Sunday, October 30, 2005
Saturday, October 29, 2005
Photos from their party include a great closeup of a miniature pinscher in false eyelashes, glitter eye makeup and pearl earrings, plus a wonderful Big Bad Wolf in granny's clothing, and a terrific Yoda costume.
Wednesday, October 26, 2005
Sunday, October 23, 2005
What else is there to say. The horses are beautiful, the countryside is beautiful. Kris Kristofferson and Kurt Russell really do look like father and son - I'd have a tough time making that choice given my extreme preference for the GQ (geezer quotient). David Morse comes back in a reprise of every villain he's played (we get it, you aren't the good doctor from St. Elsewhere anymore). And that darned little Dakota Fanning is a real actor.
Besides some pretty cinematography, there are two moments of exceptional filmmaking in this movie. I've never seen a horse race filmed from the perspective of just a little above and behind the horses as they run - the immense power of those hindquarters is so transfixing that you forget the giant screen is actually filled with horses' butts as they dig in and push themselves to their limits. The other moment is when the horse has its accident. The fluidity and grace of the animals in powerful motion is so horribly corrupted in that crashing fall, you felt a physical shock wave went through the theater as everyone bodily recoiled. There is no warning, it all takes maybe a second and a half, and I've never seen anything quite like it.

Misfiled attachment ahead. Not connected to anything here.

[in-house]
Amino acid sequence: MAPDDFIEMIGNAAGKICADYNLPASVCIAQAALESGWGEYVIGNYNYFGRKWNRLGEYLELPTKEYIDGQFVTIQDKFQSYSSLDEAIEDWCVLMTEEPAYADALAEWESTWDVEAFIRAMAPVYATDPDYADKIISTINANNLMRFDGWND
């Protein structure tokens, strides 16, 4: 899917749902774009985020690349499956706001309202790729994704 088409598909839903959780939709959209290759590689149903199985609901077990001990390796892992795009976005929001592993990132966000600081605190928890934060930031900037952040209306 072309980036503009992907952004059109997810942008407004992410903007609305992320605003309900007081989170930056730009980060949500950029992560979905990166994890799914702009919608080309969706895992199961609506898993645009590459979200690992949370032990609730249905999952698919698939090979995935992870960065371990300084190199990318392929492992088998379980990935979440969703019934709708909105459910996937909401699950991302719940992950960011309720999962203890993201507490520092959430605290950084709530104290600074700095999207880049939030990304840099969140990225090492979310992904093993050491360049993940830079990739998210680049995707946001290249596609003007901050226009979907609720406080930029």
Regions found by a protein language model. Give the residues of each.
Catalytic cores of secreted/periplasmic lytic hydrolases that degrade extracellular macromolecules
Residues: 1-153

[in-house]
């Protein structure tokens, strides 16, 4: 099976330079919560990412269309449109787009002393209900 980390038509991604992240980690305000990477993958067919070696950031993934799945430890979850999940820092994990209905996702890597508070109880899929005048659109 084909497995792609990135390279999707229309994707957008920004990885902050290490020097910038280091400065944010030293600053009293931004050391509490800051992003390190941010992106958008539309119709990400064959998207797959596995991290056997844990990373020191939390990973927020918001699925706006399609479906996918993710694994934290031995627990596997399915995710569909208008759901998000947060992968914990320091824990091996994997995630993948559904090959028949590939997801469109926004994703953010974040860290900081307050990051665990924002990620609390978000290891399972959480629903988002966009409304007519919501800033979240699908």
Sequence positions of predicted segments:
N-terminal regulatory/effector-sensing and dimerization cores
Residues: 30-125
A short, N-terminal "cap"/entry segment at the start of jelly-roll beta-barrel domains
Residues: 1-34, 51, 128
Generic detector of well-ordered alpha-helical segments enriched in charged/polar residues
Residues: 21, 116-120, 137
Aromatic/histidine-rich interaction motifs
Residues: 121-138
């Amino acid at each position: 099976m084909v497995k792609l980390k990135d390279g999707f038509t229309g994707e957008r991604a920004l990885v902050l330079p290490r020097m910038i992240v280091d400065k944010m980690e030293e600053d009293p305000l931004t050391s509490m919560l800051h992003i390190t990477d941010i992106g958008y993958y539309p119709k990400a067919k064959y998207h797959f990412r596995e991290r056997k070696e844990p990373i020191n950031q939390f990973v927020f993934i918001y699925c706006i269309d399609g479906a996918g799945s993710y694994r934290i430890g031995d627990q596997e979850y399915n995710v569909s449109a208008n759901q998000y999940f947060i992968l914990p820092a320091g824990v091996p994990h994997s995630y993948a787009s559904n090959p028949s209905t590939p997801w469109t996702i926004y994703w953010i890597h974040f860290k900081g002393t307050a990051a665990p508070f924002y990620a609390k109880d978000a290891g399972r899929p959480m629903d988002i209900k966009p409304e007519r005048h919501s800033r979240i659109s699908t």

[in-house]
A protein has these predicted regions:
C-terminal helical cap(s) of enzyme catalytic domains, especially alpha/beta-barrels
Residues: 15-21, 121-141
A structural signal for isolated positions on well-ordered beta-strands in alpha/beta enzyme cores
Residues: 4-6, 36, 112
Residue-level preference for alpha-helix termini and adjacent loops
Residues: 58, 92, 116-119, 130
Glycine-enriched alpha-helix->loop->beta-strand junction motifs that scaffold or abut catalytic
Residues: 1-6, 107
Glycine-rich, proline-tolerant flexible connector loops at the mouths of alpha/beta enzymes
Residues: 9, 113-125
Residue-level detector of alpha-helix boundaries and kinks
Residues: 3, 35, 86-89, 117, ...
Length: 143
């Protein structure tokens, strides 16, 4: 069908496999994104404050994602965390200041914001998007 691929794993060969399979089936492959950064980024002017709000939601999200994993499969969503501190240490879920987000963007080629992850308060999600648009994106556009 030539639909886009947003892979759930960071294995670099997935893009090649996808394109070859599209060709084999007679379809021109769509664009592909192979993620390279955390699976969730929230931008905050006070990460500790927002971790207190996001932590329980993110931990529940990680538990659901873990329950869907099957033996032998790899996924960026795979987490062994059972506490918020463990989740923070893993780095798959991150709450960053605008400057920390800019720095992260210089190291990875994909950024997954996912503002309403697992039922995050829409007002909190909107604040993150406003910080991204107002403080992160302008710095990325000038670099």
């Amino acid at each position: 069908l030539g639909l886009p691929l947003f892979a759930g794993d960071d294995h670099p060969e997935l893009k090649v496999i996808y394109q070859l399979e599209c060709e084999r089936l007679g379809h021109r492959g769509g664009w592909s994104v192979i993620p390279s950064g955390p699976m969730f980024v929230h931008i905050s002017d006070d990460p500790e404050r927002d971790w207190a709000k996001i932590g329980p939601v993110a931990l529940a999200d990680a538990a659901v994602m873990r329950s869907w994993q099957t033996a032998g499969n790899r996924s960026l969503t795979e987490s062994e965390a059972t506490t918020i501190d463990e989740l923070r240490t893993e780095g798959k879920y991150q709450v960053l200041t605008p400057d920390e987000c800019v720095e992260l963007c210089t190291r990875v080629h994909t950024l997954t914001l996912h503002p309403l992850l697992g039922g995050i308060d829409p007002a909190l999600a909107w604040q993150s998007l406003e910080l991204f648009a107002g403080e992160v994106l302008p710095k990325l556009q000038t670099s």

Tuesday, October 18, 2005
Monday, October 17, 2005
The picture she sent is also grand, and gives a glimpse of the immense, thick whiskers she has on her flews and over her eyes. I call her Catfish or Fishface a lot, partly for the whiskers and partly for the distinctive perfume she carries from eating a lot of salmon meal and salmon oil to help with her dermatological and allergy issues. Though right now she smells like oatmeal and strawberries because she had a bath before she came here. Poor doggie has to be bathed every other week to help her cope.
Of course I often call the duo "Catfish Hunter" for its classic twist. Oh, and her letter? reads
Dear Auntie Peg, I am doing well at home with Nana today. I like being at your house. Even though I miss my family, this is surely the second best place to be. Love, Emma
She's an awfully polite guest to write her bread-and-butter notes before she even goes home!
Sunday, October 16, 2005
Now, I don't think that any of the proposed rescue scenarios would have truly worked. And I recognize that such incidents play out with no human intervention or knowledge, all over this great land, to species large and small in the myriad ways of nature. But when it plays out on the bluff across from a city of a quarter million people and you can see it and you can do something, then for god's sake, you DO something to end the thirst and the terror and the desperation. You don't suddenly pretend that Alaska has some high-minded policy of non-intervention, for a species that is "managed" to the level that can damn near predict the second when folks in McCarthy will be able to pick up their dinner forks...but we can't possibly spare a bullet to hasten the inevitable for this one that suffers for days before our eyes? I am so ashamed of this debacle I don't even know what to say.